Visitors to London’s parks this summer will find something new to admire and interact with along with the sculptured  landscapes and the scampering antics of grey squirrels. From June to September unique artist-designed temporary pavilions will be installed in four of the capital’s green spaces as the first stage of an ongoing public art Project called Portavilion. Curated by UP Projects — founded by Emma Underhill in 2002 to produce exhibitions and events outside of the Gallery context — Portavilion will not only explore the relationship between art, design, architecture and nature, but also how the public uses and interacts with art in a public space.
The idea of a pavilion is an interesting concept in itself. It can be an architectural structure which relates to an adjacent building or an outside space — maybe somewhere to sit and admire the view — and also a building designed for different events, exhibitions or entertainments to take place within it; think of the national pavilions used to show art at the Venice Biennale, the elaborate Royal Pavilion in Brighton … a sports pavilion even. The Serpentine Gallery Pavilion Commission, erected next to the gallery each year, has given the pavilion a new art-world context as experimental architecture; but add the idea of the pavilion as also being an artwork in itself and it becomes an arena for a whole new level of engagement to take place.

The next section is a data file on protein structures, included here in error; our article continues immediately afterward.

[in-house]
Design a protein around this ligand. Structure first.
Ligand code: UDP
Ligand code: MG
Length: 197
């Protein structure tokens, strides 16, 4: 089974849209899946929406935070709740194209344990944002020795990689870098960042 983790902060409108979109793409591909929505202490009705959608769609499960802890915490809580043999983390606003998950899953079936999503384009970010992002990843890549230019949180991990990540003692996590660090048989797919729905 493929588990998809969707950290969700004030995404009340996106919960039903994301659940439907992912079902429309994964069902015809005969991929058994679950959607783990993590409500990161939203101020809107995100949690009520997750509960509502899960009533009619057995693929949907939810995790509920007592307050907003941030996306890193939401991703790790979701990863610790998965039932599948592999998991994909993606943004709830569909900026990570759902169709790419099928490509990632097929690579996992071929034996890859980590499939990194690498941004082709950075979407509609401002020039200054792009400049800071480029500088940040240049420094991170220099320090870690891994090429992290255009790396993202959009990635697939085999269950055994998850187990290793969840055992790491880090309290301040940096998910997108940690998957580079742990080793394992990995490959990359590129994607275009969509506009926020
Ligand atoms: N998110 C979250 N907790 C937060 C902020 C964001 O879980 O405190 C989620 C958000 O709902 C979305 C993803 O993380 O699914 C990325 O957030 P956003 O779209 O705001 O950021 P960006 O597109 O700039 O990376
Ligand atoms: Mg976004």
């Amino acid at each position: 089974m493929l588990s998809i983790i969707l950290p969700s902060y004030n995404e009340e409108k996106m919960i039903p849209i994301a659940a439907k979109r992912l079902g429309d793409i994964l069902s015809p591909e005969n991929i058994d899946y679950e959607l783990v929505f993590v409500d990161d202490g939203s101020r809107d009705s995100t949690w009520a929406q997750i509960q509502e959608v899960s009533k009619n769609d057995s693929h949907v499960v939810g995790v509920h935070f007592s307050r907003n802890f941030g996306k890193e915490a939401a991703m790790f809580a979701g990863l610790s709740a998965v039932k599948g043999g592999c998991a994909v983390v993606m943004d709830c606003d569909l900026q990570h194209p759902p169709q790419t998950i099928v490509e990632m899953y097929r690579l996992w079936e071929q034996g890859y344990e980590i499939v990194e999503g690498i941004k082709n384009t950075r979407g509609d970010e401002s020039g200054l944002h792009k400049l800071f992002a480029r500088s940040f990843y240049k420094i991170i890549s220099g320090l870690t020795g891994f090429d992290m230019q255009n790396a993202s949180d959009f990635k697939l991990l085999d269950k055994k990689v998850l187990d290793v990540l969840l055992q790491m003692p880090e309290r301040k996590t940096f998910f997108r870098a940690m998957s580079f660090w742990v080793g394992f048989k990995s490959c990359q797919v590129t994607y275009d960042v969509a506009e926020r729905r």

Dan Graham, 'Triangular Pavilion with Circular Cut-out Variation H'. Portavilion proposal for Holland Park. Image courtesy of UP Projects

Dan Graham, ‘Triangular Pavilion with Circular Cut-out Variation H’. Portavilion proposal for Holland Park. Image courtesy of UP Projects


It’s fitting that the first Portavilion to be installed will be leading American artist Dan Graham’s ‘Triangular Pavilion with Circular Cut-out Variation H’, launching on 7 June in Holland park. As part of his art practice, Graham has been making pavilions in galleries and within the landscape in locations around the world since the 1970s. Using mirrored and two-way glass, his structures play with the boundaries between inside and outside, where people interacting with the work can both view it and their surroundings through it and be seen reflected in it. His work for Holland Park will take the form of a six-foot equilateral triangle with a circular central opening and will be accompanied by an exhibition of his videos in the nearby Ice House Gallery.